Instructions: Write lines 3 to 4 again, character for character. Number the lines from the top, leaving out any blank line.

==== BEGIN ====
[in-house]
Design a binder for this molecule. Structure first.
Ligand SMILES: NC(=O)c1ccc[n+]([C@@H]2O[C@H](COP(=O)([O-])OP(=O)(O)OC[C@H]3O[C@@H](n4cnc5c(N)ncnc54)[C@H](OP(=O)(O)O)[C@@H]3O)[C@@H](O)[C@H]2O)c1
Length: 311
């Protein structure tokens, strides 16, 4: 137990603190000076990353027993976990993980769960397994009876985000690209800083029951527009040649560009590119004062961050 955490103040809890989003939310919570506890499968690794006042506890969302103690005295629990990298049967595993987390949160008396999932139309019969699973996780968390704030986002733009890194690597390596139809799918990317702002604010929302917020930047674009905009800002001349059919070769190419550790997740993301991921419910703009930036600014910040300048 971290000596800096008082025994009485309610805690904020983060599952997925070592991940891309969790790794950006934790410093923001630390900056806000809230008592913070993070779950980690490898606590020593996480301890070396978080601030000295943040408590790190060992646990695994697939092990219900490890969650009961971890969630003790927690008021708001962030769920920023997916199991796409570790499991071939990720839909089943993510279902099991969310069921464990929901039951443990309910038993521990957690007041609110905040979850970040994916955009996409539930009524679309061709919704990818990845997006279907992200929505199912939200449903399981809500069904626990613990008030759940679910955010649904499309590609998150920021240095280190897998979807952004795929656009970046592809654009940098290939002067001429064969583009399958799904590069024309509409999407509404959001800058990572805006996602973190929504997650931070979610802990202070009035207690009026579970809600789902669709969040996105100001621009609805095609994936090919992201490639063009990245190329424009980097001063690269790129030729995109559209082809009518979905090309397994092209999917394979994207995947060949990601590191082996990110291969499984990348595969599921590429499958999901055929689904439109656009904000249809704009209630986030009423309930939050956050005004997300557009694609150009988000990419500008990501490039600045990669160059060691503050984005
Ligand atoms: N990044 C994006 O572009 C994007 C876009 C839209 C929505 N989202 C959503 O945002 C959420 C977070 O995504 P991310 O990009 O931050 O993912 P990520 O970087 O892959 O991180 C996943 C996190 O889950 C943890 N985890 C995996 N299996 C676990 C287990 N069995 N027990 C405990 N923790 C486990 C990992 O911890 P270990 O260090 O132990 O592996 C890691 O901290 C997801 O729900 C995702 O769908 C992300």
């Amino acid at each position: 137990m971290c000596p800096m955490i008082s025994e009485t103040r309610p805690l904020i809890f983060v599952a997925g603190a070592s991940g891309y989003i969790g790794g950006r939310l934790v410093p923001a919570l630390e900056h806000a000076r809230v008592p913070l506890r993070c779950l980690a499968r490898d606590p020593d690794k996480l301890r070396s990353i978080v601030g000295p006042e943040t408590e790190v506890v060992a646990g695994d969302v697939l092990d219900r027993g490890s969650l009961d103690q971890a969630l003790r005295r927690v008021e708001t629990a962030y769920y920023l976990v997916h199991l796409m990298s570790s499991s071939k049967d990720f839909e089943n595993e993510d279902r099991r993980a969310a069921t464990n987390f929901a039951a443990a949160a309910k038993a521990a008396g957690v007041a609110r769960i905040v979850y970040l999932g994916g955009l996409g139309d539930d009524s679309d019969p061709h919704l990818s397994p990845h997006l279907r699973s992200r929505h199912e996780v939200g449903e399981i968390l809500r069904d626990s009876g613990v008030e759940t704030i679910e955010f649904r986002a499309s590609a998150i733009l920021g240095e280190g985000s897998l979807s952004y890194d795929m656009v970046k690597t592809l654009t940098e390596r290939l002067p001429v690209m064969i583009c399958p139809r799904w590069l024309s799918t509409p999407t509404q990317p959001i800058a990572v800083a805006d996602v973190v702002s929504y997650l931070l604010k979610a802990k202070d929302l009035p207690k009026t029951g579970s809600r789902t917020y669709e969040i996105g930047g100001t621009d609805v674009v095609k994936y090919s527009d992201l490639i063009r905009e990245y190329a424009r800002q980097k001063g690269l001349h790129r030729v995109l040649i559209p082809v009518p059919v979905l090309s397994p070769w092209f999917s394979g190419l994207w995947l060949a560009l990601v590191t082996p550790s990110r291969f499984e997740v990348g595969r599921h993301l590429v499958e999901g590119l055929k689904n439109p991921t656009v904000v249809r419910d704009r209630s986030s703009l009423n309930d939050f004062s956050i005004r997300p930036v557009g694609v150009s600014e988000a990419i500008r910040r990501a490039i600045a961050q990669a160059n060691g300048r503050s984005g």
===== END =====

Ligand SMILES: NC(=O)c1ccc[n+]([C@@H]2O[C@H](COP(=O)([O-])OP(=O)(O)OC[C@H]3O[C@@H](n4cnc5c(N)ncnc54)[C@H](OP(=O)(O)O)[C@@H]3O)[C@@H](O)[C@H]2O)c1
Length: 311